Since its inception Cumplo has been resisted by the formal financial system. As soon as its operations began in 2012, the Superintendence of Banks and Financial Institutions (succeeded by the CMF), claimed that Cumplo was entering the banking business (which is prohibited by Law) as it aimed to raise funds from third parties and grant credits. However, this claim was finally dismissed.
There are specific regulations for loan granting (limits on interest rates, mandatory prepayment conditions, etc.) and factoring (specific requirements that invoices must meet before being assignable).
So long as the abovementioned services are not conducted with funds collected from the general public (i.e. banking activity) there would be no need for the Fintech to establish itself as a formal bank in Chile and thus would not be subject to regulations applicable to banks and financial institutions.
The White Paper suggests, in general, for Collective Financing Platforms, that they should be required to register with the CMF, provide certain specific information (such as sufficient information on the project so as to allow the financing party to adequately assess the risks of financing the project or granting a specific loan; and that such information must be complete, nonbiased and trustworthy) and comply with Anti Money Laundering requirements. Finally, the customer must be informed if the platform itself keeps investments in the projects or has loaned itself therein, in order to solve any potential conflicts of interests.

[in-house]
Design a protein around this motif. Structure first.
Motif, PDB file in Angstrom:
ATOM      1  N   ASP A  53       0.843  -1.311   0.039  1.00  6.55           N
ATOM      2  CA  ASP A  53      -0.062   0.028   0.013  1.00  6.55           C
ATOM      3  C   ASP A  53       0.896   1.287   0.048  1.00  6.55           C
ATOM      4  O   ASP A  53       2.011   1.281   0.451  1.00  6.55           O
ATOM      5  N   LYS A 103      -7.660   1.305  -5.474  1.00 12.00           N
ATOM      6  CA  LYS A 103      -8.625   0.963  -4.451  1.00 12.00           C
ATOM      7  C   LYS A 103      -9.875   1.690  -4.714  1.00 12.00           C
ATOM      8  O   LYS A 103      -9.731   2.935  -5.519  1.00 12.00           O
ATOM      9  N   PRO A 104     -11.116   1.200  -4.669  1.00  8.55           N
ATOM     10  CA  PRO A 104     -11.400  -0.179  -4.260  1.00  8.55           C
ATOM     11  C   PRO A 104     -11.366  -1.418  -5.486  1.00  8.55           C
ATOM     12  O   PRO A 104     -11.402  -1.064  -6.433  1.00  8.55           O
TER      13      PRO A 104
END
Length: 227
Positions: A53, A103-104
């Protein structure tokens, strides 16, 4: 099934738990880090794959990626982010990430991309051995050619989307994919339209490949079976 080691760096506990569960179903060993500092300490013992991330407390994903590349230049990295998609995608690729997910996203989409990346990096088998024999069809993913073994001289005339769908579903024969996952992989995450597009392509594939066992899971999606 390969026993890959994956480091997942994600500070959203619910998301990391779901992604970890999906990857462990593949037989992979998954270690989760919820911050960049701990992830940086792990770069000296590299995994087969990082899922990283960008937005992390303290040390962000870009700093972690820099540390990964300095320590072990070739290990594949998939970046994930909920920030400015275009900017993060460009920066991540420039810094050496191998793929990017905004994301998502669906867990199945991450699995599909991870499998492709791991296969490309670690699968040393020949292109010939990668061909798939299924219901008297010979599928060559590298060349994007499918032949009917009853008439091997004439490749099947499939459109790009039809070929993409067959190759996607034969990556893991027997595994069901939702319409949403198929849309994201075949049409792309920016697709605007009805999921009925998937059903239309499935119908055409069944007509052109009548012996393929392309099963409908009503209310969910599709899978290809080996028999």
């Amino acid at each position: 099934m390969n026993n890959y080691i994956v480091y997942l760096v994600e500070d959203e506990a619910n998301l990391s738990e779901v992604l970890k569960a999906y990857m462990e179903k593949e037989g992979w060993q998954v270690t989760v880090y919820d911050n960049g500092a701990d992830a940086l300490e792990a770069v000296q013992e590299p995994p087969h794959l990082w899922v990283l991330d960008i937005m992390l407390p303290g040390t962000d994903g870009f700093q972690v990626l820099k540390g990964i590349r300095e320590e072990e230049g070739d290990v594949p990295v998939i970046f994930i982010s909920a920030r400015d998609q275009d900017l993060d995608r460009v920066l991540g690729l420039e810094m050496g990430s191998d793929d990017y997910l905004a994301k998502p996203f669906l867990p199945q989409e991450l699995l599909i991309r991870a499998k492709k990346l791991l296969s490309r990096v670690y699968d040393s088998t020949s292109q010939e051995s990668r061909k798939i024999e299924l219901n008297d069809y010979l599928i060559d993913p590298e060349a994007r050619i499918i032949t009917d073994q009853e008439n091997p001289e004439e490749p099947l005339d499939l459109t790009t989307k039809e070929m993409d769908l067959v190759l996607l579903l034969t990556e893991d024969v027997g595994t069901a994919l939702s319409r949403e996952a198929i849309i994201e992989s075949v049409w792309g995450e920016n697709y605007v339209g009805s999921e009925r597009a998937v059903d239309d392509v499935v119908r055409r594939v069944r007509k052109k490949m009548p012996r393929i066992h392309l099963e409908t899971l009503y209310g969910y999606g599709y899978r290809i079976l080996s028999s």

Information regarding revenues number of transactions and customers is not readily available.
The scope of the services should be carefully analyzed on a case by case basis in order to assess any potential risks relating to compliance with consumer protection, data privacy and other laws generally applicable to service providers.
Rodrigo De Alencar